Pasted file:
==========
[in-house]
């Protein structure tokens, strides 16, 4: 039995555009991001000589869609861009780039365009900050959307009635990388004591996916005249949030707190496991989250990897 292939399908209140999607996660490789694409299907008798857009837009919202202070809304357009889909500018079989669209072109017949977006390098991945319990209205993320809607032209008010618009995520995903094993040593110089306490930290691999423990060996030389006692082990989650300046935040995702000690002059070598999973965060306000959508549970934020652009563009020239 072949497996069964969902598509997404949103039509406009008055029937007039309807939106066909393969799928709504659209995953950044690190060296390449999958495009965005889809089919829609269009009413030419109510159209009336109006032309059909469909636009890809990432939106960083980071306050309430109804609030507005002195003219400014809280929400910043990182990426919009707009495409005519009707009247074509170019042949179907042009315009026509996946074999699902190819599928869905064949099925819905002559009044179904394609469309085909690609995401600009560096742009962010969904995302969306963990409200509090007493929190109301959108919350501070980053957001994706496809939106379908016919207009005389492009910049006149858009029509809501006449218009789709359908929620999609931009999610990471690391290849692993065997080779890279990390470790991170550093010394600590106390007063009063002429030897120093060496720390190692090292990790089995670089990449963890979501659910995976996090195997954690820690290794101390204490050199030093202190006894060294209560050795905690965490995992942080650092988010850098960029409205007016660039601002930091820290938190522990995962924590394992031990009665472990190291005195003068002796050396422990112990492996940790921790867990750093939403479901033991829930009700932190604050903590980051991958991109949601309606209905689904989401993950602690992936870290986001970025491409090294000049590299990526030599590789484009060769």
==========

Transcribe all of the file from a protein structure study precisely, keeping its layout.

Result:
[in-house]
């Protein structure tokens, strides 16, 4: 039995555009991001000589869609861009780039365009900050959307009635990388004591996916005249949030707190496991989250990897 292939399908209140999607996660490789694409299907008798857009837009919202202070809304357009889909500018079989669209072109017949977006390098991945319990209205993320809607032209008010618009995520995903094993040593110089306490930290691999423990060996030389006692082990989650300046935040995702000690002059070598999973965060306000959508549970934020652009563009020239 072949497996069964969902598509997404949103039509406009008055029937007039309807939106066909393969799928709504659209995953950044690190060296390449999958495009965005889809089919829609269009009413030419109510159209009336109006032309059909469909636009890809990432939106960083980071306050309430109804609030507005002195003219400014809280929400910043990182990426919009707009495409005519009707009247074509170019042949179907042009315009026509996946074999699902190819599928869905064949099925819905002559009044179904394609469309085909690609995401600009560096742009962010969904995302969306963990409200509090007493929190109301959108919350501070980053957001994706496809939106379908016919207009005389492009910049006149858009029509809501006449218009789709359908929620999609931009999610990471690391290849692993065997080779890279990390470790991170550093010394600590106390007063009063002429030897120093060496720390190692090292990790089995670089990449963890979501659910995976996090195997954690820690290794101390204490050199030093202190006894060294209560050795905690965490995992942080650092988010850098960029409205007016660039601002930091820290938190522990995962924590394992031990009665472990190291005195003068002796050396422990112990492996940790921790867990750093939403479901033991829930009700932190604050903590980051991958991109949601309606209905689904989401993950602690992936870290986001970025491409090294000049590299990526030599590789484009060769």